I’ll leave you to decide for yourself whether or not a basketball game is a religious experience and if the players are worthy of god status but I will tell you that my time at the tourrnament in Chennai ranks right up there with the Kumbh Mela and other favorite all-time India adventures.
I am partially writing this post in response to photographers just starting out who have told me they don’t know what kind of photographer to be…a sports photographer, a wedding photographer, a travel photographer, etc. Sure, in business you sometimes need to have an area of specialization, to market yourself to a particular audience. However, in photography (as in life) it’s easy to become limited by putting a label on who and what we are and then adjusting our behavior to fit the label. What I am finding is that the more I let go of labels in both photography and life the more easily I find myself in amazing situations that I could never have imagined or figured out. “Follow your heart” may be a cliché but it’s a far better cliché than copying what all the other people in your genre are doing.
Here’s how it worked for me…(the short version.) Before leaving America I developed an interest in and started researching basketball programs for underprivileged kids in India…which led me to JD Walsh and somehow thru twitter to Karan Madhok aka Hoopistani who mentioned the National Basketball Championship when he heard I was planning to be in the Chennai area.
Once I got there what made it a great experience, what gave it depth were the people I met. This is almost always true in India. I don’t come here because it’s exotic or colorful, I come here because I LOVE the people. Nothing beats their kindness and warmth.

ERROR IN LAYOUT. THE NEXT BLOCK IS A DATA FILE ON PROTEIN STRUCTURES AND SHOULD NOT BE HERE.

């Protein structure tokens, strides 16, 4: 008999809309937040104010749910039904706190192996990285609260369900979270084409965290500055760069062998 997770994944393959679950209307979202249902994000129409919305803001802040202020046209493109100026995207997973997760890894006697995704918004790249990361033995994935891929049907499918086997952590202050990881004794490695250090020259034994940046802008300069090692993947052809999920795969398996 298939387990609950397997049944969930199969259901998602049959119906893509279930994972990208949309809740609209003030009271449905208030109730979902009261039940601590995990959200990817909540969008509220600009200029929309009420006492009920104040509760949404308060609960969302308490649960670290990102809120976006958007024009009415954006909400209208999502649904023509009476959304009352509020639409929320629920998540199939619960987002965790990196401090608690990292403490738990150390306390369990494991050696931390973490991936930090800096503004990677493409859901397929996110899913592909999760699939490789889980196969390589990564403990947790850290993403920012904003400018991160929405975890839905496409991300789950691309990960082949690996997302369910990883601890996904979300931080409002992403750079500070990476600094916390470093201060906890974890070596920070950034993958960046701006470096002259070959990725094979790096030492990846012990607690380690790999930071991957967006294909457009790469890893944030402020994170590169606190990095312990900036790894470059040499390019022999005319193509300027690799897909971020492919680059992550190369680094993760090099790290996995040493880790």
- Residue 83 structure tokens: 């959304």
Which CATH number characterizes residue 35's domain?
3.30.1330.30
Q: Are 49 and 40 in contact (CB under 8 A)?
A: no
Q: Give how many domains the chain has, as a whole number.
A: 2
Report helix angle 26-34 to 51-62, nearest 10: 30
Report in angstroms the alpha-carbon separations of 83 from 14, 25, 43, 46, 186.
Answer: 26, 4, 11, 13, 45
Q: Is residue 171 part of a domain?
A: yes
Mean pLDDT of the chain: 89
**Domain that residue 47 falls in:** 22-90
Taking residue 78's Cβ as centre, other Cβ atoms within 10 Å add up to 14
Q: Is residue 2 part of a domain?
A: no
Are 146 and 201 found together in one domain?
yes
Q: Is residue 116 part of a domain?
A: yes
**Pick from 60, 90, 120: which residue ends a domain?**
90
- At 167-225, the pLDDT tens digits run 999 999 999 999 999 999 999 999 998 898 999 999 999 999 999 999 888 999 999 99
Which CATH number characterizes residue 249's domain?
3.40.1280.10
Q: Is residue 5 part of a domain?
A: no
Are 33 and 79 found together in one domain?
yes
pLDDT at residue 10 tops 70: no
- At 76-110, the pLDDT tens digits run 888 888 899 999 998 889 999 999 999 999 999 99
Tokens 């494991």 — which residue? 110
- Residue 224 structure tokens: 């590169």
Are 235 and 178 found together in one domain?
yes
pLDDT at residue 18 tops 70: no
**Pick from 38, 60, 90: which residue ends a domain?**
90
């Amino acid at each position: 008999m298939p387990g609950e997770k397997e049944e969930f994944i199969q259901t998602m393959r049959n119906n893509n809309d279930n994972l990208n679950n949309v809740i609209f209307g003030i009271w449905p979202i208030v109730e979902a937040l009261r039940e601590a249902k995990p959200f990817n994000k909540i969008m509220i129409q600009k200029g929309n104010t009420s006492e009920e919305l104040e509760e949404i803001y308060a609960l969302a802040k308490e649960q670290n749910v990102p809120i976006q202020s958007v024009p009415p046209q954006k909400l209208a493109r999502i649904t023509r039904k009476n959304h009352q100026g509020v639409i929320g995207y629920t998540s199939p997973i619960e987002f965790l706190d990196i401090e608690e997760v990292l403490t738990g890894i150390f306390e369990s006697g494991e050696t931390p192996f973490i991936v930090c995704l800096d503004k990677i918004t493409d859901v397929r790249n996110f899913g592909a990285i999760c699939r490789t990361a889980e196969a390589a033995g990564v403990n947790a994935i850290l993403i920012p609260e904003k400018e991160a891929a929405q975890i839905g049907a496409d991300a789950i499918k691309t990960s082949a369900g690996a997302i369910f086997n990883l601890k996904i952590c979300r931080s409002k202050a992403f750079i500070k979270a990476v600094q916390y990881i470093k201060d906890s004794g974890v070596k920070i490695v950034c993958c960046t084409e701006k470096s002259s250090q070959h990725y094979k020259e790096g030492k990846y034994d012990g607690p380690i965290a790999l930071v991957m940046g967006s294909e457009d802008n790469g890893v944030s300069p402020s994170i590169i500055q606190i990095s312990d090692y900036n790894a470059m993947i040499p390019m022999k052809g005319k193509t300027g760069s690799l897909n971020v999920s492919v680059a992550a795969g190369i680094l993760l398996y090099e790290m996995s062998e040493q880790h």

The first game I watched was an evening game held outdoors. The players asked me to join them on their “bench” (a row of plastic chairs.) The next night when my rickshaw driver didn’t show up the incredibly talented Punjab team point guard, Talwinder “TJ” Sahi called him for me and posed for photos while we waited for the driver to arrive. Once I got to know TJ and his life story (which is worthy of a movie…please let me know if you have any connections) my perspective changed. I started to view the tournament thru the eyes of TJ and the Punjab team and when they won the Championship for the first time in 12 years I was right in the middle of the celebration. Camera or no camera there is no place on earth I would have rather been than at that Championship game and victory celebration….which again makes my point to just live and enjoy life with the camera, rather than going around trying to find things to take pictures of that fit in with who you think you are as a photographer.
Here are a few images from the Championship game and victory celebration. I will soon post more from this tournament and will continue to follow the story of basketball in India.
Until now, on this blog I’ve shown only images made in India. Although India is my photographic “muse” I am also continuing to work on a number of long-term projects based in America.
I’d like to share my first “made in America” blog post.
I was previously in the Indian (Native American) jewelry business so photographing powwows has been a great way for me to stay connected with Native American traditions.
Powwows are social gatherings that are spiritual celebrations as well as dance and drumming competitions. The colorful regalia (outfits) worn by dancers are equally matched by the passion of the drum groups.
I regularly attend powwows in New Mexico and California and once visited the great Crow Fair in Montana. This gallery is a selection from New Mexico powwows held in 2009 and 2010. I hope the photos convey the sense of wonder and gratitude I feel.
There are 12 large images in this gallery so please hang on if they are a bit slow to load.